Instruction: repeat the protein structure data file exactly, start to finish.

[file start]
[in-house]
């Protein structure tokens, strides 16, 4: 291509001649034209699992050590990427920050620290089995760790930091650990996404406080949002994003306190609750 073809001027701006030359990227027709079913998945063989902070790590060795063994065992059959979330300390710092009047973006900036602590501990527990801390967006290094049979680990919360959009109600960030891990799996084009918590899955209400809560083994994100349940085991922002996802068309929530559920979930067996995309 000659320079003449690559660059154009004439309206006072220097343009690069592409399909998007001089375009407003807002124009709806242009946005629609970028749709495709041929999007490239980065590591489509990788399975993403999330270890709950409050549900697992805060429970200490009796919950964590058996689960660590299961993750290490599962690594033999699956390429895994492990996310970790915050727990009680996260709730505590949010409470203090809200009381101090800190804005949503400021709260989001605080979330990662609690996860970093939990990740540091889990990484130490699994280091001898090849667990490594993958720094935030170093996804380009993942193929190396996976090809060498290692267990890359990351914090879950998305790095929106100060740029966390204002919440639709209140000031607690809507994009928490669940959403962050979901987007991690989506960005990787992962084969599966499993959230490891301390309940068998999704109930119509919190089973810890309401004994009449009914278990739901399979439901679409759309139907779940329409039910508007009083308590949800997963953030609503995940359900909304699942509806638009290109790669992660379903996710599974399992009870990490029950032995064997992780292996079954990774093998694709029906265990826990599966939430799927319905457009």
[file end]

[in-house]
């Protein structure tokens, strides 16, 4: 291509001649034209699992050590990427920050620290089995760790930091650990996404406080949002994003306190609750 073809001027701006030359990227027709079913998945063989902070790590060795063994065992059959979330300390710092009047973006900036602590501990527990801390967006290094049979680990919360959009109600960030891990799996084009918590899955209400809560083994994100349940085991922002996802068309929530559920979930067996995309 000659320079003449690559660059154009004439309206006072220097343009690069592409399909998007001089375009407003807002124009709806242009946005629609970028749709495709041929999007490239980065590591489509990788399975993403999330270890709950409050549900697992805060429970200490009796919950964590058996689960660590299961993750290490599962690594033999699956390429895994492990996310970790915050727990009680996260709730505590949010409470203090809200009381101090800190804005949503400021709260989001605080979330990662609690996860970093939990990740540091889990990484130490699994280091001898090849667990490594993958720094935030170093996804380009993942193929190396996976090809060498290692267990890359990351914090879950998305790095929106100060740029966390204002919440639709209140000031607690809507994009928490669940959403962050979901987007991690989506960005990787992962084969599966499993959230490891301390309940068998999704109930119509919190089973810890309401004994009449009914278990739901399979439901679409759309139907779940329409039910508007009083308590949800997963953030609503995940359900909304699942509806638009290109790669992660379903996710599974399992009870990490029950032995064997992780292996079954990774093998694709029906265990826990599966939430799927319905457009």